I don’t have any new points to make on this but in light of the protest and media coverage I think it is worth restating that as far as I know there are only three jurisdictions in the world that have banned shale gas exploration and one of them, New York, is reconsidering its position.
So the question remains, why New Brunswick? Why should one of the poorest and least developed provinces (from an economic perspective) join the club of three (maybe soon to be two)?
That report out a few weeks ago from David Suzuki was critical of shale gas – but basically acknowledged it was here to stay and called for good regulations.
As you know there are certain politicians trying to whip up populist furor over this to put ideological daylight between themselves and their competition but that is a callous way – IMO – to get votes.
As I have reported here – the drilling companies are having well water tested before drilling and if there is a hint of problems, the government is well within its rights to shut things down. So why preemptively ban it? That is the question.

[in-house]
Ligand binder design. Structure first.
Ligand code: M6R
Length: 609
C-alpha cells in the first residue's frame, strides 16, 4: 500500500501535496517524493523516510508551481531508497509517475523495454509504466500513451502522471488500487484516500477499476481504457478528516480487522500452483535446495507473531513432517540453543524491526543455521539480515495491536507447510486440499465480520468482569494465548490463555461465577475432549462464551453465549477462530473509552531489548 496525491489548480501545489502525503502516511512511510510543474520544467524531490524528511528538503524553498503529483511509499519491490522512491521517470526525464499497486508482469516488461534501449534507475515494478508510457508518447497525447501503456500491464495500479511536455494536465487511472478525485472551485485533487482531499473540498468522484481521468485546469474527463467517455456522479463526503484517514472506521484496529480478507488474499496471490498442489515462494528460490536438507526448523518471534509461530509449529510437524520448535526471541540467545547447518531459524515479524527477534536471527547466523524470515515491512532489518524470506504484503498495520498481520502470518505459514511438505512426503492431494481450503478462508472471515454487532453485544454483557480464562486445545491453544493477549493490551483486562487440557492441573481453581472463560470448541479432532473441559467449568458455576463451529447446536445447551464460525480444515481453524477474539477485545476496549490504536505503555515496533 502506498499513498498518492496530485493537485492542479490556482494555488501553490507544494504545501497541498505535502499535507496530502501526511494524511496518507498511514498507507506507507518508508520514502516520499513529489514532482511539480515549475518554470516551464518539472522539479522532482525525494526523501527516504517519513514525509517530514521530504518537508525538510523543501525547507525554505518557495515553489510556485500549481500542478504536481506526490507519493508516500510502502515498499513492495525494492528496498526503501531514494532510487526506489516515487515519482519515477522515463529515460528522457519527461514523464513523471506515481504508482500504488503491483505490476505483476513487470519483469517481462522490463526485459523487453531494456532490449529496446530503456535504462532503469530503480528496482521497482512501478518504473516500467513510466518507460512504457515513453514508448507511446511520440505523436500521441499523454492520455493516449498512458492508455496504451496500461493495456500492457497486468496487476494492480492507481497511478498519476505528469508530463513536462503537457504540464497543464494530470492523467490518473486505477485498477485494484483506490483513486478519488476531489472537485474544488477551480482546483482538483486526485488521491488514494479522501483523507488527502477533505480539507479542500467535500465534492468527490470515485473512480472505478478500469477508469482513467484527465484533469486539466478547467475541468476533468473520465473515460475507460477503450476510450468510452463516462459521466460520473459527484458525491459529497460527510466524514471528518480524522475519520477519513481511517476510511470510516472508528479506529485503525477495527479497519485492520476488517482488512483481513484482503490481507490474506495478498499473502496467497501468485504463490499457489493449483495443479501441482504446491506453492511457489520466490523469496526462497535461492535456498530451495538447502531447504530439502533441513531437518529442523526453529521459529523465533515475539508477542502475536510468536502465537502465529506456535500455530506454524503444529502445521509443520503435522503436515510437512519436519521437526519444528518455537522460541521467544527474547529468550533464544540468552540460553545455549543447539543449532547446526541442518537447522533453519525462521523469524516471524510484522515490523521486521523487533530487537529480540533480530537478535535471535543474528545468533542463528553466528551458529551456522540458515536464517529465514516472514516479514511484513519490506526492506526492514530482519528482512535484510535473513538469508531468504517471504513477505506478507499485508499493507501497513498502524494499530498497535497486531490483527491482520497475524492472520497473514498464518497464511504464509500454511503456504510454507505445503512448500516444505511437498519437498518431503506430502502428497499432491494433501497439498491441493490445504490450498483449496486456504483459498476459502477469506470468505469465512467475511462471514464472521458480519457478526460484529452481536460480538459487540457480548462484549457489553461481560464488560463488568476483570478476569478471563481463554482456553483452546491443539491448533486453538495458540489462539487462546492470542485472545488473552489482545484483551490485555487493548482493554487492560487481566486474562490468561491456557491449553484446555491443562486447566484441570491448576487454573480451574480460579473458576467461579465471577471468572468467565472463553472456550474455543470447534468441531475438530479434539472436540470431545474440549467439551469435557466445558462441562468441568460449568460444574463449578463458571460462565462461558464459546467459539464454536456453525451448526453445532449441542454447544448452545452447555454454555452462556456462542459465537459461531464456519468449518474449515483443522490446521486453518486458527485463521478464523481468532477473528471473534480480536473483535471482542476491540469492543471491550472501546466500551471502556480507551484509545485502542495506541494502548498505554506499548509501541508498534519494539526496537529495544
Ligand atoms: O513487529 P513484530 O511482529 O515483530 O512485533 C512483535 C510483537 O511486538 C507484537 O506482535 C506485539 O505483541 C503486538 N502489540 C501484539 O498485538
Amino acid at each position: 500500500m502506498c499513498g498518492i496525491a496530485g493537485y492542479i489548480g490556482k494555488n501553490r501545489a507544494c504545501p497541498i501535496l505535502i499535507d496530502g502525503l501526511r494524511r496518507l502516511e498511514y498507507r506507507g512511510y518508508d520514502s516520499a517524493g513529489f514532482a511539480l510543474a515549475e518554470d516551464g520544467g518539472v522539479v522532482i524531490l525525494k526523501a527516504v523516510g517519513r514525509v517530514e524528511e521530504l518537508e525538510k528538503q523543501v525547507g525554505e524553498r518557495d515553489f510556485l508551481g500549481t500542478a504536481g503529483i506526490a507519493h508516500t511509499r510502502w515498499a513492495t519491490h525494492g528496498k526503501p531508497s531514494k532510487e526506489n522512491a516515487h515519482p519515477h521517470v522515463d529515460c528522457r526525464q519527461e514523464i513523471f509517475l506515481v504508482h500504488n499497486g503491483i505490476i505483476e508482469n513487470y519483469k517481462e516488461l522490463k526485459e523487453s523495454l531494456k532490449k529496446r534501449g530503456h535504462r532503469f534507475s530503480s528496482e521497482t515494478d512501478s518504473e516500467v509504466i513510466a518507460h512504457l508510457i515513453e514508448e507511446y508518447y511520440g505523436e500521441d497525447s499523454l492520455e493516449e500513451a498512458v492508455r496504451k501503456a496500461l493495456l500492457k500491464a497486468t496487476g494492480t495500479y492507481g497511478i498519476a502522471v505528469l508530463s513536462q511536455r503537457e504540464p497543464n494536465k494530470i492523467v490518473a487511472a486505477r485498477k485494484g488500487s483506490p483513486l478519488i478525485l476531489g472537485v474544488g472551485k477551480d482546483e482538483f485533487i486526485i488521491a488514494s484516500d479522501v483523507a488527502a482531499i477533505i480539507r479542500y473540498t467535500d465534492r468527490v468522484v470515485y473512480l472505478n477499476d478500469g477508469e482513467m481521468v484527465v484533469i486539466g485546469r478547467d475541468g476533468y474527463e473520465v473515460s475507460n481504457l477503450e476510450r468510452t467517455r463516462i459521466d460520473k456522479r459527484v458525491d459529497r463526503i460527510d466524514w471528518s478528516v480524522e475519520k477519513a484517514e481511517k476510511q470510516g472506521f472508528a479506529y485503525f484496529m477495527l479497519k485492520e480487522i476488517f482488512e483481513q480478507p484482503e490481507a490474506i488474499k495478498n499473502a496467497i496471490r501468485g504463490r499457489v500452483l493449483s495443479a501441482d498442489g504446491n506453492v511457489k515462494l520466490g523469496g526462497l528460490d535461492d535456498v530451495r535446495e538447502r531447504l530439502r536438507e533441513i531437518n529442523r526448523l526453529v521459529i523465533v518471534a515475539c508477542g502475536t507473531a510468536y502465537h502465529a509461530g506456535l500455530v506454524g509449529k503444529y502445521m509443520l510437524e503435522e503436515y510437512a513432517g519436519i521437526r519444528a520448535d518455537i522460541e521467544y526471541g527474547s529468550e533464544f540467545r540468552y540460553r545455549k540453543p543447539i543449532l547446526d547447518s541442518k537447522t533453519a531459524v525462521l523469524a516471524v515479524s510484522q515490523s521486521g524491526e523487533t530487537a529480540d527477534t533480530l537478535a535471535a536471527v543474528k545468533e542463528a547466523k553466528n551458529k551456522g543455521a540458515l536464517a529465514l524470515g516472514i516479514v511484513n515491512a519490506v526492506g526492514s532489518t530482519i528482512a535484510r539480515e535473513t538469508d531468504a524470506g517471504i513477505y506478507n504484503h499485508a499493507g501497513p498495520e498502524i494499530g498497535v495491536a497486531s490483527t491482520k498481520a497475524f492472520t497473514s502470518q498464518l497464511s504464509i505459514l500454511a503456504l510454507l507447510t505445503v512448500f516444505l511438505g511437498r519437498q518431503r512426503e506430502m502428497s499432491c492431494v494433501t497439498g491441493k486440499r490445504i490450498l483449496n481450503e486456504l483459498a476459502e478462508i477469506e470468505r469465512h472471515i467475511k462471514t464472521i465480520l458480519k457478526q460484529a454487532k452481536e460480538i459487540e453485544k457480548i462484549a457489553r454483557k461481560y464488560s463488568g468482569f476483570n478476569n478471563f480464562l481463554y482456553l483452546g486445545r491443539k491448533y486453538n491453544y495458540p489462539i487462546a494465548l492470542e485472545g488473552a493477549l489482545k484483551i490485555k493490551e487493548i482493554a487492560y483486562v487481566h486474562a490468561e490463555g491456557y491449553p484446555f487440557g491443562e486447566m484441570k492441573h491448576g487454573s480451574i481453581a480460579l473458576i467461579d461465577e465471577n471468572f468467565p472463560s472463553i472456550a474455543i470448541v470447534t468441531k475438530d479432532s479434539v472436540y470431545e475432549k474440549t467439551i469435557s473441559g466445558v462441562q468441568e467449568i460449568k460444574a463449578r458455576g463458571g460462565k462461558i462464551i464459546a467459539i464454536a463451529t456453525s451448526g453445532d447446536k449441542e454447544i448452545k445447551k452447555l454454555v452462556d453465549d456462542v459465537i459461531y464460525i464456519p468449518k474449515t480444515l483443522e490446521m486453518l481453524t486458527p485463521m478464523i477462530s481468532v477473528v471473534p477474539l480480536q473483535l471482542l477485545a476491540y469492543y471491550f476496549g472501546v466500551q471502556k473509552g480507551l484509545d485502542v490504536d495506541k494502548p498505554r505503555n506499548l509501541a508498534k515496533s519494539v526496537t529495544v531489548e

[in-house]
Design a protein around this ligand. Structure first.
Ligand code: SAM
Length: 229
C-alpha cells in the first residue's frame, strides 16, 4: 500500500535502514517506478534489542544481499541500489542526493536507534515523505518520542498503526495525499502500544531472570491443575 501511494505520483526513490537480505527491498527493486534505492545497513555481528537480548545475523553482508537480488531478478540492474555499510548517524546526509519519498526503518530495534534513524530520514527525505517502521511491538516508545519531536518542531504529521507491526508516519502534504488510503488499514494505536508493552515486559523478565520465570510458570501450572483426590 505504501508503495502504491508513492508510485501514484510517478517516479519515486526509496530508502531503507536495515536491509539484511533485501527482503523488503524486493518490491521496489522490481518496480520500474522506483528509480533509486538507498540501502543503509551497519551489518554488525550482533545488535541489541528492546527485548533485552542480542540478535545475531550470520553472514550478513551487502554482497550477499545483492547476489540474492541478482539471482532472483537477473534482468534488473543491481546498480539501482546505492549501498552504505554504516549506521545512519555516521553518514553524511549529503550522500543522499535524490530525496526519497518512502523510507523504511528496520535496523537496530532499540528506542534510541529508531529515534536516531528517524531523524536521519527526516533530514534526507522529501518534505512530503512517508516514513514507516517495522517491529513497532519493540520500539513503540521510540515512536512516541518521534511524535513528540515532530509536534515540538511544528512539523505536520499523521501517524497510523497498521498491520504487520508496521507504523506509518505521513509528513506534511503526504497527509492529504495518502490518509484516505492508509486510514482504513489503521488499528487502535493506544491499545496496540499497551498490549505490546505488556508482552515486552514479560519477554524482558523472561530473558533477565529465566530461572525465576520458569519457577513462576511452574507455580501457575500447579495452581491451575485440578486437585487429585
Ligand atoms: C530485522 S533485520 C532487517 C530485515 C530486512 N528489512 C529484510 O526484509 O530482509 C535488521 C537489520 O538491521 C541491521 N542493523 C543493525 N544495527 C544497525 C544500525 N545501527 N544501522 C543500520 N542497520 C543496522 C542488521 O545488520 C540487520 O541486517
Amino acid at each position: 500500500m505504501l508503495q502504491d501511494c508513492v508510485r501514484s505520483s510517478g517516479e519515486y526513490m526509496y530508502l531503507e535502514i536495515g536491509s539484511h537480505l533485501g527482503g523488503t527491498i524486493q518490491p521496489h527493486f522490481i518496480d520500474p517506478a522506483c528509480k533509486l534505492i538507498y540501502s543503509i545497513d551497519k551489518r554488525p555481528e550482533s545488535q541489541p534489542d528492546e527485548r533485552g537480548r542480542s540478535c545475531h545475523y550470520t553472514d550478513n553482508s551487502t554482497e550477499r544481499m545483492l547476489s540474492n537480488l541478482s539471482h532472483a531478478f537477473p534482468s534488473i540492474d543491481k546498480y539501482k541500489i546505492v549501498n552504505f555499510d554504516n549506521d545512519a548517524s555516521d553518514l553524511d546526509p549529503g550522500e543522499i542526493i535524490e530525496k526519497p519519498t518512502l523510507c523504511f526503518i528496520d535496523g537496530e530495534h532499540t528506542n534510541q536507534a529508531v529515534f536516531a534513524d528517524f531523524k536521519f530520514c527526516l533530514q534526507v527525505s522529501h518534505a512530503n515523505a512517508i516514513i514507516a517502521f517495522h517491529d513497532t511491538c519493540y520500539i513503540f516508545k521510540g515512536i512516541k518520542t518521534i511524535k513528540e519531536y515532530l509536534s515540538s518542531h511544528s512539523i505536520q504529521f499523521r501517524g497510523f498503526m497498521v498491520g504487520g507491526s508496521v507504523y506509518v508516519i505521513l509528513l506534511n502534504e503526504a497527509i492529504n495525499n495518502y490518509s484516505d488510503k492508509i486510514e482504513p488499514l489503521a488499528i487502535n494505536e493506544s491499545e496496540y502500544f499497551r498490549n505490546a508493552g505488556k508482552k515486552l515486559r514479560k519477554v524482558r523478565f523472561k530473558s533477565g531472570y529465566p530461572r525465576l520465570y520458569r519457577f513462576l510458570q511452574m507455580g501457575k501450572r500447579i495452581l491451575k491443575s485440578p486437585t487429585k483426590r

Some folks treat this like any other left/right or common man vs. big industry debate but it isn’t. Every single ‘have’ province in this country generates a significant amount of its government revenue and overall economic activity from natural resource royalties (mining and oil and gas mostly). New Brunswick generates less revenue from these sources than all other provinces with the exception of PEI.
If there is a viable industry there, we should try and responsibly develop it. In addition, we should be looking to find ways to use the gas to further economic development.
I’ll conclude with this. As I have said, the NB populace is cranky these days. Like Twisted Sister, they are not going to take it anymore. We saw this with toll highways, auto insurance, NB Power sale.
If you go back to the McKenna years he basically froze government spending for five years, he amalgamated municipalities, forced the RCMP on municipalities and a host of the tough measures and got elected with three strong majorities and, if I recall, left office with a 70 percent approval rating.
If Premier Alward thinks that shale gas will bring him down, I am not sure he will fall on that sword.
It’s realpolitik circa 2011.